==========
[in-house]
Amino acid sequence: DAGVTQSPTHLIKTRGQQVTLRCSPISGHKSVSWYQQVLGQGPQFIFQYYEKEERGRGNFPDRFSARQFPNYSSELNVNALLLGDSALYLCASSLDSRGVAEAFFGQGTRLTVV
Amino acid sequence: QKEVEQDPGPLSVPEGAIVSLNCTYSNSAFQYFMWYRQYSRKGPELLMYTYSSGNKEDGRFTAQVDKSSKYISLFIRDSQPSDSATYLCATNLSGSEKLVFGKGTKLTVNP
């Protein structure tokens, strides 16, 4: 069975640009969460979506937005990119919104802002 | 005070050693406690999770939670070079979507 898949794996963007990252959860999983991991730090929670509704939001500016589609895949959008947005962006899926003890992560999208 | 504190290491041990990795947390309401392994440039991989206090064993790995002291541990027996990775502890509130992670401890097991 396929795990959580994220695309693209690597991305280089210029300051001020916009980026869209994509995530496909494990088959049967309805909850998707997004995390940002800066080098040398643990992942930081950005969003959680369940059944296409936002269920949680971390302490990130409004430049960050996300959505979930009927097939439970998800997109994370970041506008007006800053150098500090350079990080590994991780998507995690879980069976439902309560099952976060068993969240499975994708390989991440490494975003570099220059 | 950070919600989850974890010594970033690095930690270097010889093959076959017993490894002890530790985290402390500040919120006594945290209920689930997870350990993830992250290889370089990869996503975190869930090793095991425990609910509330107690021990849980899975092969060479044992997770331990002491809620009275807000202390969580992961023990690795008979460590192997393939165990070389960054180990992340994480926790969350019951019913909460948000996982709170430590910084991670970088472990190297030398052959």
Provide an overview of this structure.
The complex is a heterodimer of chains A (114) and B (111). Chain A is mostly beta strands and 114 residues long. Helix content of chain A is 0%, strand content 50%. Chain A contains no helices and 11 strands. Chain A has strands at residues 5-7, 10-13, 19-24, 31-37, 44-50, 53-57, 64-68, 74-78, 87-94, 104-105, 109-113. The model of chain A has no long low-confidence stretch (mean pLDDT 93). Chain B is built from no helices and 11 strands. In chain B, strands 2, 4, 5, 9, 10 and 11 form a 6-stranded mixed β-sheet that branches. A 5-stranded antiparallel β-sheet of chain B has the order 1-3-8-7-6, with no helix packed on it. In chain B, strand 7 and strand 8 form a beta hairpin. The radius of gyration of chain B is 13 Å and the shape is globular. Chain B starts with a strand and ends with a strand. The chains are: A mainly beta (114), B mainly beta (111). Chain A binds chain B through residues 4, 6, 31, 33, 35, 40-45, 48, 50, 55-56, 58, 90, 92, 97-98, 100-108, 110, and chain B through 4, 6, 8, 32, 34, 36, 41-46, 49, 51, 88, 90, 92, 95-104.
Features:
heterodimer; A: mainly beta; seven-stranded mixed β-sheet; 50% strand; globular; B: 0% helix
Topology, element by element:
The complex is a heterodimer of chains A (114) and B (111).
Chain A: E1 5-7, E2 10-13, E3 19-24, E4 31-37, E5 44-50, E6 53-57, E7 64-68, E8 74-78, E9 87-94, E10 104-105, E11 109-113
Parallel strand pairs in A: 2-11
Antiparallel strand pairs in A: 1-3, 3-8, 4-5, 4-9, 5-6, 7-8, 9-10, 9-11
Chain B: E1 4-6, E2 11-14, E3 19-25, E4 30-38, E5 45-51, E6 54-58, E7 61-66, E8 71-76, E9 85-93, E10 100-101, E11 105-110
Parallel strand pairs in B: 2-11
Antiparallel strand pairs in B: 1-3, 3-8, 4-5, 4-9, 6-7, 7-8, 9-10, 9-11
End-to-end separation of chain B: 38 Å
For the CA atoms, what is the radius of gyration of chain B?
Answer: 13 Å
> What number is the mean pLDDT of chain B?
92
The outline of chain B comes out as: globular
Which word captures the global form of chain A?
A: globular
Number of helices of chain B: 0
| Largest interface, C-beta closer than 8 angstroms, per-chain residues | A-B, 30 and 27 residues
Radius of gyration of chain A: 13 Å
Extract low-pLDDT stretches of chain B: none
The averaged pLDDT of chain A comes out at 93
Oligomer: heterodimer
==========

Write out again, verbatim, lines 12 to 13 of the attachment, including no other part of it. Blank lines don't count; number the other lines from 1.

Parallel strand pairs in A: 2-11
Antiparallel strand pairs in A: 1-3, 3-8, 4-5, 4-9, 5-6, 7-8, 9-10, 9-11